Transducer Principle: Dynamic, Closed
Freq. Response: 20-20,000 Hz
Nominal Impedance: 32ohm
Characteristic SPL: 100 +/-3dB @ 1kHz
Distortion: Less than 0.1%
Connector: 3.5mm jack with PC splitter
Note: Specifications are provided by the manufacturer and were not tested in this review for accuracy.
At this year’s E3 conference in Los Angeles, I was invited to Astro Gaming’s off-site demo room at the Luxe Hotel to check out their new A50 wireless headset (due in late July). Astro Gaming is a spin-off from Astro Studios, the company that designed the original Alienware PCs (prior to the acquisition by Dell), XBOX 360, D-Link’s Boxee Box, and OnLive’s set-top box and controllers. Recently acquired by Skullcandy, Astro Gaming creates and designs quality accessories aimed at professional gamers, including headsets, bags, and backpacks. After the demo, the folks at Astro Gaming offered me their Astro Scout backpack (made to carry an XBOX 360, PS3, or 17” laptop plus accessories), as well as a pair of A*Star In-Ear Headsets to review.
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The A*Star headset comes packaged in a nicely-designed fold-out box with an outer sleeve. Inside the box are a set of small, medium, and large ear gels, a PC adapter cable, and a soft carrying case to hold both the earbuds and a portable media player (similar in size to the older iPod Nano - my Samsung Galaxy S 4G was too big to fit in the small case). The earbuds come in your choice of white, silver, or black, and feature a flat, highly conductive cable with a small control center for volume, microphone, muting, and pausing. I found the flat cable to be a real benefit, as it was less susceptible to getting tangled, twisting up on itself, or getting easily snagged. The thumbwheel volume control is super smooth and takes very little effort to turn up or down, while the pause button worked flawlessly with several music apps on my Galaxy S 4G (including Spotify, Pandora, and the phone’s built-in Music Player). And the built-in microphone worked fairly well during phone conversations (although I do not normally use a stereo headset for phone calls).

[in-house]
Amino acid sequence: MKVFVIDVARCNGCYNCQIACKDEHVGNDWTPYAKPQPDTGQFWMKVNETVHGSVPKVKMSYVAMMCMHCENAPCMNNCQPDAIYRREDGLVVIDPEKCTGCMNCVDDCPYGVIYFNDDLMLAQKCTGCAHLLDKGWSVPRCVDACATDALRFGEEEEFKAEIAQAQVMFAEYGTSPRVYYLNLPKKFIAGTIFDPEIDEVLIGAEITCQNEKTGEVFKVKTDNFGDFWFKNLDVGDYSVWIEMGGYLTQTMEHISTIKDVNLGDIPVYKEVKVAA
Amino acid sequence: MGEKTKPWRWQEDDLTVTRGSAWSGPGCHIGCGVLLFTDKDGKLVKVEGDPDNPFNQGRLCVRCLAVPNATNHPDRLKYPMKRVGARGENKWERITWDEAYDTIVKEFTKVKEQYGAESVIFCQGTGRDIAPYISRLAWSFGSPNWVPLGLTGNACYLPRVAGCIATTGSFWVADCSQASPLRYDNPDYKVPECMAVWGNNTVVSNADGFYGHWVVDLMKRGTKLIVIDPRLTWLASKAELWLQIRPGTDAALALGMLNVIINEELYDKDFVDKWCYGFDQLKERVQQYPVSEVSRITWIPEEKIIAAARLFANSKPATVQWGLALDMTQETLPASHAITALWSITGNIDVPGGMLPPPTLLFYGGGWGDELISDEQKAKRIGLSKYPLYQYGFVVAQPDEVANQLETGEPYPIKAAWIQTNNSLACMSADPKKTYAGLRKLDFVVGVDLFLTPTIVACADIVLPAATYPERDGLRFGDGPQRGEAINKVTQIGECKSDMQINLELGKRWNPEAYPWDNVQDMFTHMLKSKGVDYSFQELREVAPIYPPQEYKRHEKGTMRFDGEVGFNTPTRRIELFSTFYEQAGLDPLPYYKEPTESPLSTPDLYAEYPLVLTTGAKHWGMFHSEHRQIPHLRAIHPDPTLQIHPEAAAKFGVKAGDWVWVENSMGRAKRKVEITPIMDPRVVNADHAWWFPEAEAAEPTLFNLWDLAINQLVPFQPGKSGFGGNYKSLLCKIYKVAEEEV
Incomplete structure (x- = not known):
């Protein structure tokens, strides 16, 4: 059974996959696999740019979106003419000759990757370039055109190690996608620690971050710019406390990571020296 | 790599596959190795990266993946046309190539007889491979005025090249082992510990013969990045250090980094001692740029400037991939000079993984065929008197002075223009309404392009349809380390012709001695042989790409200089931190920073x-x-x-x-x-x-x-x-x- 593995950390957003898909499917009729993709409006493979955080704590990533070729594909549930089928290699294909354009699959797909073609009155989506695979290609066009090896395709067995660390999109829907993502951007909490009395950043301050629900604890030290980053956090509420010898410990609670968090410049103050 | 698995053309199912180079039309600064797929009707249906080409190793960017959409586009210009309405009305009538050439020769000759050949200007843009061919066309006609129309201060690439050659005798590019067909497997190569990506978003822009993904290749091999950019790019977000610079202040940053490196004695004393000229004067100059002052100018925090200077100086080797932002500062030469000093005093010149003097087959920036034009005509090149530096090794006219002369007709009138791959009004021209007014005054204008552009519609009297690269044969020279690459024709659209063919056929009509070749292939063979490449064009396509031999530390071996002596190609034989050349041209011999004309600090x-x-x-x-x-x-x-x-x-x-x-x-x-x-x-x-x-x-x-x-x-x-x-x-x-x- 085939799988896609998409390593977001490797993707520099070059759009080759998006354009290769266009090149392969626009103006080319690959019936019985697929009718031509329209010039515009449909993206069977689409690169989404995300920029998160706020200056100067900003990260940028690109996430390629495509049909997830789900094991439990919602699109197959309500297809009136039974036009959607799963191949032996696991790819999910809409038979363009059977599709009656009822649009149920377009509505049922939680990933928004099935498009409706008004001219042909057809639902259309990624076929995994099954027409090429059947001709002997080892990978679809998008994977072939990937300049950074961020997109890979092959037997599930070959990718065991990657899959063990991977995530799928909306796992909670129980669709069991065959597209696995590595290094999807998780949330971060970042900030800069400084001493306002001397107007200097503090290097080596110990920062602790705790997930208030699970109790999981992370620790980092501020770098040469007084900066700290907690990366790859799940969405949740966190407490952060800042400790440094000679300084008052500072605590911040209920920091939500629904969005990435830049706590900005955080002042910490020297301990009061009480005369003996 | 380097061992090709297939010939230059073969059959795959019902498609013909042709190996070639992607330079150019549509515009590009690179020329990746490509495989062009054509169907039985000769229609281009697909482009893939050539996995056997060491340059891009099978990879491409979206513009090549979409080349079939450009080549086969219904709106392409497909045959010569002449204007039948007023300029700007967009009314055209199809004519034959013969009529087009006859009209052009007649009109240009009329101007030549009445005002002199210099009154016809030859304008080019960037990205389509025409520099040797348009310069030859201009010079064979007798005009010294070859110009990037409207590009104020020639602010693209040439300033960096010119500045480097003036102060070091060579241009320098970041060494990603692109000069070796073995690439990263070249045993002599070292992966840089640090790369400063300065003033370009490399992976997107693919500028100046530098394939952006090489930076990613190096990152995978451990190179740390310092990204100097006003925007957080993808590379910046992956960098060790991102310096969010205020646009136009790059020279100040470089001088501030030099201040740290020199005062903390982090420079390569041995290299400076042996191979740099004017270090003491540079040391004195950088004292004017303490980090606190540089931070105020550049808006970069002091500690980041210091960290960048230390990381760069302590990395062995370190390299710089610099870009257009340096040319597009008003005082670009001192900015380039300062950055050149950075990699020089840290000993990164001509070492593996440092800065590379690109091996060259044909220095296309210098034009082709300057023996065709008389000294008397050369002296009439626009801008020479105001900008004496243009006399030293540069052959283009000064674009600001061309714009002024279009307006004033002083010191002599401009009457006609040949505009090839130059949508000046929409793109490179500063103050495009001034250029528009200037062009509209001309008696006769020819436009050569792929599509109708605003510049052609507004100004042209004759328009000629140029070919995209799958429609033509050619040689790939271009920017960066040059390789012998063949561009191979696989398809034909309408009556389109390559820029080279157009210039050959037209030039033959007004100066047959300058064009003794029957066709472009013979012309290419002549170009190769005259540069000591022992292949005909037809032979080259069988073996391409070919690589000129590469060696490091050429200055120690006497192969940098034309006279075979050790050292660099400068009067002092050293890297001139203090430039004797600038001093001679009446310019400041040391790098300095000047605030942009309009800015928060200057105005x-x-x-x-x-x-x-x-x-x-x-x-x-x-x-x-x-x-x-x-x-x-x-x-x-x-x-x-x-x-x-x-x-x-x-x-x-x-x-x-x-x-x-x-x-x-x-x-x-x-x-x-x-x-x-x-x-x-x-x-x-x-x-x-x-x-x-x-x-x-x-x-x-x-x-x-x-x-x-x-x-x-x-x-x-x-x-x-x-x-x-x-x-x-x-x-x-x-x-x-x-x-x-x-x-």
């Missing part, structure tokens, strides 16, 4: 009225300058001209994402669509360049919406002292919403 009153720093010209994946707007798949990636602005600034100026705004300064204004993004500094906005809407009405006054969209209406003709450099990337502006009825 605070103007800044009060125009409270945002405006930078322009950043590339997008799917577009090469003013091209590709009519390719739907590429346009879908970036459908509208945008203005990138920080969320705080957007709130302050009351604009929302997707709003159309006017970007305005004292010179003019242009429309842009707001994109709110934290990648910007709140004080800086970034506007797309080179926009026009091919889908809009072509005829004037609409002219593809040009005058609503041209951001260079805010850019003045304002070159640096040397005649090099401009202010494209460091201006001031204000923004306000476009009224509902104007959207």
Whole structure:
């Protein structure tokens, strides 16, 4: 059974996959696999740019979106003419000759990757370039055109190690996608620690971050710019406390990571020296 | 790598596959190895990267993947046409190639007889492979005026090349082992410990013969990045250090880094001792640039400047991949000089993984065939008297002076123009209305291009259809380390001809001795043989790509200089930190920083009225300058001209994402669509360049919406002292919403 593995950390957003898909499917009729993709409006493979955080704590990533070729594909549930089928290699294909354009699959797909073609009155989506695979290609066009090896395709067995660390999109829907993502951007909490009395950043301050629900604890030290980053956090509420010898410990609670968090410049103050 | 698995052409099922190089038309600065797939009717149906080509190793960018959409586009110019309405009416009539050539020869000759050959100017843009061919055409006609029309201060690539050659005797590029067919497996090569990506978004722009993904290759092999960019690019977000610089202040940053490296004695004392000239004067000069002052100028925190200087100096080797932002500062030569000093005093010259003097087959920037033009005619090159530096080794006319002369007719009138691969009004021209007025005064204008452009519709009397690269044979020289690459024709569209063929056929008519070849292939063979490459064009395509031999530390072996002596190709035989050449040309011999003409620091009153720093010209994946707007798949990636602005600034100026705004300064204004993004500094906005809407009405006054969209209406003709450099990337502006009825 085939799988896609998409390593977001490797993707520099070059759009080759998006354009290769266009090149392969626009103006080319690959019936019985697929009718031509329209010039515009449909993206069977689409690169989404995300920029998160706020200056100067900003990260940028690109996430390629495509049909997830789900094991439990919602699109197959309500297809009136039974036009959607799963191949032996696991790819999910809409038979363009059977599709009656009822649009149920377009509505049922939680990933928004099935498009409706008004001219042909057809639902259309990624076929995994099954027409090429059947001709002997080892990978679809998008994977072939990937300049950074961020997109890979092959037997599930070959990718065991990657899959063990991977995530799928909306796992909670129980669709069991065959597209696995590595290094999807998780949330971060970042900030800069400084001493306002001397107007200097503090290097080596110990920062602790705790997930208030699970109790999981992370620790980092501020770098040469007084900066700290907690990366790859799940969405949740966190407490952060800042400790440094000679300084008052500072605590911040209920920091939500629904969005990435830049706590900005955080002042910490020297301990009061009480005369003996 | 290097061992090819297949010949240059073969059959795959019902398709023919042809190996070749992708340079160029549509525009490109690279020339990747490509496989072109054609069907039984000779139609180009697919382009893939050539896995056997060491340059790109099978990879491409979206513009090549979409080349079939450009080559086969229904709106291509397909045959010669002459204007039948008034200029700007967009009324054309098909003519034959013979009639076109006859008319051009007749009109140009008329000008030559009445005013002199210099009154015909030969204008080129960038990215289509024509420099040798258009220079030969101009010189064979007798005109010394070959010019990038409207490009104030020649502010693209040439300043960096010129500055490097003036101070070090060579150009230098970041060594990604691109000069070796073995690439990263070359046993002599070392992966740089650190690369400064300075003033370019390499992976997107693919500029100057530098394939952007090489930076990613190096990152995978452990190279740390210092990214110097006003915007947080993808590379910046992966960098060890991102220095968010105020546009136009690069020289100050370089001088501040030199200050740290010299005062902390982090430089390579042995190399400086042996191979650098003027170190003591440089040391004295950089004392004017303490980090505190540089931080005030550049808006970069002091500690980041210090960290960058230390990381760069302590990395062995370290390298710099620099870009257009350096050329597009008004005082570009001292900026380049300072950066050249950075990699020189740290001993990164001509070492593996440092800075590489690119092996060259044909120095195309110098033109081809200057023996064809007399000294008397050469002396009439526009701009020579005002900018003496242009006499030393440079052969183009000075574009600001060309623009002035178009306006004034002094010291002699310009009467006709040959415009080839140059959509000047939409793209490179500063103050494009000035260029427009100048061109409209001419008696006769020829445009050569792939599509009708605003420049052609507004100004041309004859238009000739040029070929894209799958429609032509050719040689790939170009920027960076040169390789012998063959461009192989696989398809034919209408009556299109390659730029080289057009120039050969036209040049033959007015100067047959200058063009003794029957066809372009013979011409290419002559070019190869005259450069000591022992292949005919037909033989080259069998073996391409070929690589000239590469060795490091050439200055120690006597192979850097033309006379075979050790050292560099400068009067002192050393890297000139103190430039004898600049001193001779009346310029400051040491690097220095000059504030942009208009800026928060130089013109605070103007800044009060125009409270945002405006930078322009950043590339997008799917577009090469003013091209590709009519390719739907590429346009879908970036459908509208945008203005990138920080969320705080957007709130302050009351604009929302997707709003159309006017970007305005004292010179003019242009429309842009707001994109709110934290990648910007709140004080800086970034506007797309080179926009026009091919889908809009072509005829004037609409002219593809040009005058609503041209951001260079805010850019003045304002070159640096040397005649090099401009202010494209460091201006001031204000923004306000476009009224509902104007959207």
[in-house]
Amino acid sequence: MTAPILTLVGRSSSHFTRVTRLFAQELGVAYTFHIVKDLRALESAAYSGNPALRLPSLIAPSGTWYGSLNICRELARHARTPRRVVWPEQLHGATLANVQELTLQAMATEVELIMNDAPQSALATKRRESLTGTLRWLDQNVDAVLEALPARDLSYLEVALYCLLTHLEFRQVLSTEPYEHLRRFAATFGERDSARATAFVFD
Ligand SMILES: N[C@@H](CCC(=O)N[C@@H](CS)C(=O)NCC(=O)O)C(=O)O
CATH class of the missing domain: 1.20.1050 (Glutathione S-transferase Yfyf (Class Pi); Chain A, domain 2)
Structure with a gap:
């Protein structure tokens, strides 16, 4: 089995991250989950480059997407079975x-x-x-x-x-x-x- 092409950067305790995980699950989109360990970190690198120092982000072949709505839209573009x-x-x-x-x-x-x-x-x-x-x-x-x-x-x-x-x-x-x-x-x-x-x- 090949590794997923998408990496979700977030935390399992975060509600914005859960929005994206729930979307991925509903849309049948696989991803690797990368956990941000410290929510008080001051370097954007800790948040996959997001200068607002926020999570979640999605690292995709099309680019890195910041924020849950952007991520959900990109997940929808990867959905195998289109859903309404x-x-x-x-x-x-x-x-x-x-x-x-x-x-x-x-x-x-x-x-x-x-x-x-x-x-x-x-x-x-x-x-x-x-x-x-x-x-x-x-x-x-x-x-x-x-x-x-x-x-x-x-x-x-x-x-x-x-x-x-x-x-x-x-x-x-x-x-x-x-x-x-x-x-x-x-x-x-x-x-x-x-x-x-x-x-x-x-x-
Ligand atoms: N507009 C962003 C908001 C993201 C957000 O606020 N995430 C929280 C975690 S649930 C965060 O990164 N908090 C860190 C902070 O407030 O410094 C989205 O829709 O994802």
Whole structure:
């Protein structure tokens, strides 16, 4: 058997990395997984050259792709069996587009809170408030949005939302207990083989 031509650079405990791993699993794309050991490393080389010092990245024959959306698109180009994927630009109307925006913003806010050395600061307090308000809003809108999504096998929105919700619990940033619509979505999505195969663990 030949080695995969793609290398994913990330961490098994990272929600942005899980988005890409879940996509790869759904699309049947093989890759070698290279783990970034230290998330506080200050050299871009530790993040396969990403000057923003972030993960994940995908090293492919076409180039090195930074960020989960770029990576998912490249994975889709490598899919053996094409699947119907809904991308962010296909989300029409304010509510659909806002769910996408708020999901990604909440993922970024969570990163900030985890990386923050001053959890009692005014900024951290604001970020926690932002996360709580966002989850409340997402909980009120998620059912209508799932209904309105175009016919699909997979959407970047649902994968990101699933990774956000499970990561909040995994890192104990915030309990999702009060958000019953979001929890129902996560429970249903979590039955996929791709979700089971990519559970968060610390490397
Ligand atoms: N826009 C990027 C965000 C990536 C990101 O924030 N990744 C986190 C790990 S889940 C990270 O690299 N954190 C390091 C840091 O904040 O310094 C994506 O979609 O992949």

To be honest, I’ve always had problems with earbuds, regardless of who the manufacturer was. I could never get them to fit properly and snugly, and to me they always sounded tinny. And, at first, the A*Star had similar issues. I tried all three sizes of ear gels, and none of them seemed to fit properly, with the large seeming to fit best. After a few weeks of use, however, I found the large ear gels conforming to my ear canals and providing a better fit, becoming more snug and providing better sound isolation. I use Spotify most of the time when listening to music on my Galaxy S 4G, and found the low-end to be lacking quite a bit when listening with the A*Star earbuds. I had very different results, though, when I connected the headset to my home theater receiver (Yamaha RX-V563), enjoying a much wider range of frequencies with better low-end response. I tried them again on my smartphone, this time using the Music Player that came pre-installed. After playing around with the various EQ and DSP settings, the audio quality of the earbuds was greatly improved, much closer to the results from my Yamaha receiver.
Astro Gaming sells the A*Star headset (along with their many other products) either directly through their website (http://www.astrogaming.com) or through Amazon, and the A*Star retails for $79.99. While some may find that a bit pricey for earbuds, I found these to be built much more solid than most of the competition, and felt the carrying case and medallion control center added extra value to what I consider to be premium earbuds.